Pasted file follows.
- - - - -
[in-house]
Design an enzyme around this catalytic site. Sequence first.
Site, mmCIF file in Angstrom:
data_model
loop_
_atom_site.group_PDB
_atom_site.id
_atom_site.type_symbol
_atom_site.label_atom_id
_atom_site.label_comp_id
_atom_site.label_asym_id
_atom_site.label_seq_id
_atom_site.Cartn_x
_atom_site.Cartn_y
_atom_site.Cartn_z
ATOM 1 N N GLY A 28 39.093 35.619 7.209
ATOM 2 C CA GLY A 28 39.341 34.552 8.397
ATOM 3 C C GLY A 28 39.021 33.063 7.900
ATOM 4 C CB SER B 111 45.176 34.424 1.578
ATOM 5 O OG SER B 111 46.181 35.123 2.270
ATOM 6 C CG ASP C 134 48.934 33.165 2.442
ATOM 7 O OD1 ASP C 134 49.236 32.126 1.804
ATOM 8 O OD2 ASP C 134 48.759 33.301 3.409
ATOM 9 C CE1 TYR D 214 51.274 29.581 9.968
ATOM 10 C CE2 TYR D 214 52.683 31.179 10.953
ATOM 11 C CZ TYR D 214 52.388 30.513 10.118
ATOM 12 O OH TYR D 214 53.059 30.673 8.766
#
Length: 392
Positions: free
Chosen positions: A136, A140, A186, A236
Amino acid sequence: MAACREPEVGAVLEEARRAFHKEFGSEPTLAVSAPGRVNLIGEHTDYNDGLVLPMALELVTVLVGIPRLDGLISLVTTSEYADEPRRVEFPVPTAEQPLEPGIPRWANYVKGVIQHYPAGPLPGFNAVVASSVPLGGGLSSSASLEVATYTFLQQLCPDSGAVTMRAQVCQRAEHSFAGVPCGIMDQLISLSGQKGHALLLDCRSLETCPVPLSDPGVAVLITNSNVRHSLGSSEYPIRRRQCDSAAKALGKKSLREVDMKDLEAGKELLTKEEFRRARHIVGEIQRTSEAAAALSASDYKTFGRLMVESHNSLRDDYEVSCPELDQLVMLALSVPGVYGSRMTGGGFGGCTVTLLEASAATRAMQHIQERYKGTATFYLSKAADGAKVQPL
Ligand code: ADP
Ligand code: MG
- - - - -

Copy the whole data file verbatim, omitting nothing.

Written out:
[in-house]
Design an enzyme around this catalytic site. Sequence first.
Site, mmCIF file in Angstrom:
data_model
loop_
_atom_site.group_PDB
_atom_site.id
_atom_site.type_symbol
_atom_site.label_atom_id
_atom_site.label_comp_id
_atom_site.label_asym_id
_atom_site.label_seq_id
_atom_site.Cartn_x
_atom_site.Cartn_y
_atom_site.Cartn_z
ATOM 1 N N GLY A 28 39.093 35.619 7.209
ATOM 2 C CA GLY A 28 39.341 34.552 8.397
ATOM 3 C C GLY A 28 39.021 33.063 7.900
ATOM 4 C CB SER B 111 45.176 34.424 1.578
ATOM 5 O OG SER B 111 46.181 35.123 2.270
ATOM 6 C CG ASP C 134 48.934 33.165 2.442
ATOM 7 O OD1 ASP C 134 49.236 32.126 1.804
ATOM 8 O OD2 ASP C 134 48.759 33.301 3.409
ATOM 9 C CE1 TYR D 214 51.274 29.581 9.968
ATOM 10 C CE2 TYR D 214 52.683 31.179 10.953
ATOM 11 C CZ TYR D 214 52.388 30.513 10.118
ATOM 12 O OH TYR D 214 53.059 30.673 8.766
#
Length: 392
Positions: free
Chosen positions: A136, A140, A186, A236
Amino acid sequence: MAACREPEVGAVLEEARRAFHKEFGSEPTLAVSAPGRVNLIGEHTDYNDGLVLPMALELVTVLVGIPRLDGLISLVTTSEYADEPRRVEFPVPTAEQPLEPGIPRWANYVKGVIQHYPAGPLPGFNAVVASSVPLGGGLSSSASLEVATYTFLQQLCPDSGAVTMRAQVCQRAEHSFAGVPCGIMDQLISLSGQKGHALLLDCRSLETCPVPLSDPGVAVLITNSNVRHSLGSSEYPIRRRQCDSAAKALGKKSLREVDMKDLEAGKELLTKEEFRRARHIVGEIQRTSEAAAALSASDYKTFGRLMVESHNSLRDDYEVSCPELDQLVMLALSVPGVYGSRMTGGGFGGCTVTLLEASAATRAMQHIQERYKGTATFYLSKAADGAKVQPL
Ligand code: ADP
Ligand code: MG